If a disk fails outright as in it is truly a dead drive from a some type of hardware component failure, this requires reconstruction using the parity information that is stored on the disk. This is the life blood of the RAID 6 DDP. On smaller busy systems, rebuild will take longer because the reconstruction process has less priority than real work in order to not impose additional performance overhead. There are many factors that influence the rebuild time. Rebuild times on large RAID groups will take longer to calculate parity because there are that many more blocks to calculate parity for. So you can count on this affecting the time to rebuild. The number of back-end FC-AL loops are very important if you have large aggregate and busy system. If you have an FC-AL type filer, the more FC-AL loops you have then the more possible bandwidth you have to handle the increased I/O required to rebuild. FC-AL goes up to 400-500 MB/s and this has to be shared. Another factor is the controller types, the type of disk that failed, the storage controller model, and even the version of the Data ONTAP can impact rebuild times.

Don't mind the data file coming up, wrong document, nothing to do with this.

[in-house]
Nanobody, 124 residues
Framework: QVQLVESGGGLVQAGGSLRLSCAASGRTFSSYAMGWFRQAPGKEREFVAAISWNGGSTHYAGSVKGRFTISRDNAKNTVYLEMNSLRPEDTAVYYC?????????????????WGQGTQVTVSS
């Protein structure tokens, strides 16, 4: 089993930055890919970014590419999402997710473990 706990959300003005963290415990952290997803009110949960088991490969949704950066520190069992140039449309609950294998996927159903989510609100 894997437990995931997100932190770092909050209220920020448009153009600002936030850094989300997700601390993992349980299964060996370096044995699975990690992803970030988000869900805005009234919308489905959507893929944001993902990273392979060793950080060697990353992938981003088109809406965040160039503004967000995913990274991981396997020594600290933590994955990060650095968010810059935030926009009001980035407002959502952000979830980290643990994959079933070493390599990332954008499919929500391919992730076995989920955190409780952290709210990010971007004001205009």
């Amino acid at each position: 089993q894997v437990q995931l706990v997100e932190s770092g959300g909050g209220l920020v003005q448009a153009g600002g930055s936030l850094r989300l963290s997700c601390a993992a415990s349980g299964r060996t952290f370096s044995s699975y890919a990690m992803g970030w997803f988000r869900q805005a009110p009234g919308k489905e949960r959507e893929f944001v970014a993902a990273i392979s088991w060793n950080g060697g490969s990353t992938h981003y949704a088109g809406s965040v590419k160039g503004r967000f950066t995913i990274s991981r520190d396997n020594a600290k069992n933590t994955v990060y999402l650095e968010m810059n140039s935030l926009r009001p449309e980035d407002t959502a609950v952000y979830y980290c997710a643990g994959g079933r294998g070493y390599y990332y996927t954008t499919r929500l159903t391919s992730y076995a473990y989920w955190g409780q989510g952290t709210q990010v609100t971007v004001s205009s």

Most Netapp disk failures are see as soft failures where too many blocks are flagged as bad and not necessarily a fatal hardware failure. This is the old bad block table is full kind of mess. In Data ONTAP 7.1 onwards, these failed drives take advantage of the Rapid RAID Recovery to rebuild by copying the good blocks to a spare drive. This helps to speed up the rebuild and recovery time. In some cases significantly.